If you are wondering around the pop up stages on the Sunday of the Country 2 Country Festival at the O2 Arena, an essential look in should be Alice Wallace. The name may be new to many folks in the UK, but the sound will be familiar to those constantly seeking out the soul of country music. MEMORIES, MUSIC AND PRIDE is the third album release by the Southern California-based Alice and had its US debut at the back end of last year. Upon a solitary listen, this eleven track collection immediately grabbed the attention and invited many repeat plays. This was absolutely inevitable considering the music has the agenda of honesty, integrity and true to the desires of the soul. It is a record sharing the vision of travel broadening the mind and pinpoints an artist with impeccable taste.
California country music has often ploughed down its own path, dating back to the Bakersfield Sound and the 60s/70s pioneering infusion of rock and folk. Alice is not shy on factoring in external style influences into her music and walks the fine line of being progressive without bowing to popular trend. Like a good ole solid country song, Alice’s compositions explore a wide range of personal emotions wrapped in an explicit coating of stark authenticity. A voice soaked in the dulcet tones of everyday Americana breathes life into each story and an ear pleasing soundtrack is on hand to add much more than the gloss of the tunes.
The album’s title sums up Alice’s mood from spending so much time taking her music on the road. It appears as a line in ‘Luck, Texas’, just one of those quirky small town names as well as hosting a honky tonk where Alice played whilst on tour. This track is equally as memorable for its midway tempo switch and is just one of many notable highlights of the band playing an important part. ‘Poor Cleopatra’ sits one track earlier on the running order and displays Alice’s skill of weaving a story into an observation picked up from travelling. This piece also contains some classy pedal steel which sets the sound tone for a majority of the record. Jeremy Long is the said musician and also excels on organ, keys, accordion and dobro. Instrumentally the album kicks off with a varied sound as Alice’s vocals roar in gear on the ballsy and sassy ‘I Just Don’t Care Anymore’. From this start we know she ‘ain’t taking no crap’ and the rest of the album portrays Alice as a performer in total control, while flourishing incessantly on all the attributes that make this a top record.
Two other singers-songwriters came to mind when listening to Alice for the first time. Allison Moorer was heard on the emotive ‘Perfectly Painful Life’, complete with a soulful backing sound, while immediately the vocal sound drew comparisons with UK artist Danni Nicholls. Alice herself throws more names into the mix when referring to influences in her online bio. These unsurprisingly include modern day country influenced artists finding refuge under the Americana banner and iconic traditionalists who will always retain the true spirit of country music. By tribute, Alice covers the 30s Patsy Montana standard ‘I Want to be a Cowboy's Sweetheart’ and her version sits comfortably with the many others, complete with yodelling.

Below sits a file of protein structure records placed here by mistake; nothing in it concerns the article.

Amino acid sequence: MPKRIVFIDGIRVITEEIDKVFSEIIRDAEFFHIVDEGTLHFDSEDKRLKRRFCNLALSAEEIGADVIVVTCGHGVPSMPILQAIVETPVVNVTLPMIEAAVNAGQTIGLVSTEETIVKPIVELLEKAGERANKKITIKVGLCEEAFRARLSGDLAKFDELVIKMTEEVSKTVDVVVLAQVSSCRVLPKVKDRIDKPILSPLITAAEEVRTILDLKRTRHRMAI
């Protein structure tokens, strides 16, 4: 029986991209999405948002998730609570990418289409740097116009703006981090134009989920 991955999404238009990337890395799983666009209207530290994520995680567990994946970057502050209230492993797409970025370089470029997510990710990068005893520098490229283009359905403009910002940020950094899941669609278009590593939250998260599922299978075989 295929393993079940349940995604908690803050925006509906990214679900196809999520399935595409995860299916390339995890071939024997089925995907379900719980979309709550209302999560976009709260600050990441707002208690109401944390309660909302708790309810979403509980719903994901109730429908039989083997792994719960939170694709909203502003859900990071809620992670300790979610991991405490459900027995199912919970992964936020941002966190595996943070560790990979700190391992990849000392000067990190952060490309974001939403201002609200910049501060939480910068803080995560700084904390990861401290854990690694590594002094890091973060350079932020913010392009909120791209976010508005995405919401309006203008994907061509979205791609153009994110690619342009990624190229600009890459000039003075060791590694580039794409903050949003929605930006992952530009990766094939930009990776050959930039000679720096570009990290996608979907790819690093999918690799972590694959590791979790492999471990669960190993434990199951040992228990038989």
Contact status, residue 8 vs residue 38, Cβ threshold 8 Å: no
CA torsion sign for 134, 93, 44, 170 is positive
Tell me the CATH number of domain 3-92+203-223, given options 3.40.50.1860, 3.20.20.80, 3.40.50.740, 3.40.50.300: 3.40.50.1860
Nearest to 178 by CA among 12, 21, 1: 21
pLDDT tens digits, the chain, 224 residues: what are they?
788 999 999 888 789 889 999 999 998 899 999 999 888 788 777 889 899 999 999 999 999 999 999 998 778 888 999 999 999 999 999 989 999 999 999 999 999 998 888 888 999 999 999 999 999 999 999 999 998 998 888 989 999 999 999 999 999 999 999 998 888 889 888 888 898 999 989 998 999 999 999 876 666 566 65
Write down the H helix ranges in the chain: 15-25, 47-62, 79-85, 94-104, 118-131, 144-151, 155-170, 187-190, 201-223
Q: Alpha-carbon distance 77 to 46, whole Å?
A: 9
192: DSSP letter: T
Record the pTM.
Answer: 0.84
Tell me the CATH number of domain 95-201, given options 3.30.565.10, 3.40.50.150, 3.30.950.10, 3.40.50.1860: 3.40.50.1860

We are now at the centre point of the album and the second half continues to arouse your interest with great song writing alongside the stylish musical offering. ‘A Traveling Song’ is the album’s pivotal track with its biographical stance incorporating truth, positivity and plain speaking inspiration. It emerges as the complete ballad, bottling up the true essence of making your living in this unconventional way. Alice’s song writing peaks in this song with the immortal line ‘The only true thing we have in this life is a chance to wake up in the new morning light’. Of course this life can have its downside and the pain, bitterness, imperfection and lost love is fertile ground for songwriters. ‘Rough Around the Edges’ moves into this territory and ‘Ohio Boy’ gets deep down into the psyche of the travelling singer-songwriter.
We have mentioned the potpourri of genre input energising this album and ‘Grateful’ see Alice firing in full folk mode. ‘Leave’ is the album’s sole original co-write and represents the smooth side to a record which will have little difficulty in appealing to a wide range of listeners prepared to chance their arm on an artist they aren’t familiar with. ‘If I Didn’t Win’ concludes the track listing and the clear winners are Alice Wallace for making such a great record and the adventurous music seekers who find her.
MEMORIES, MUSIC AND PRIDE is an album for the tuned in and turned on. It’s packed with enlightenment and inhibitions are certainly down. The memories are vivid, the music is pinpointed and the pride is immense. Alice Wallace is an artist worthy of your consideration and the architect of an album poised for widespread appeal. Her inaugural UK trip in March should be the start of something big if the gods of justice are looking on.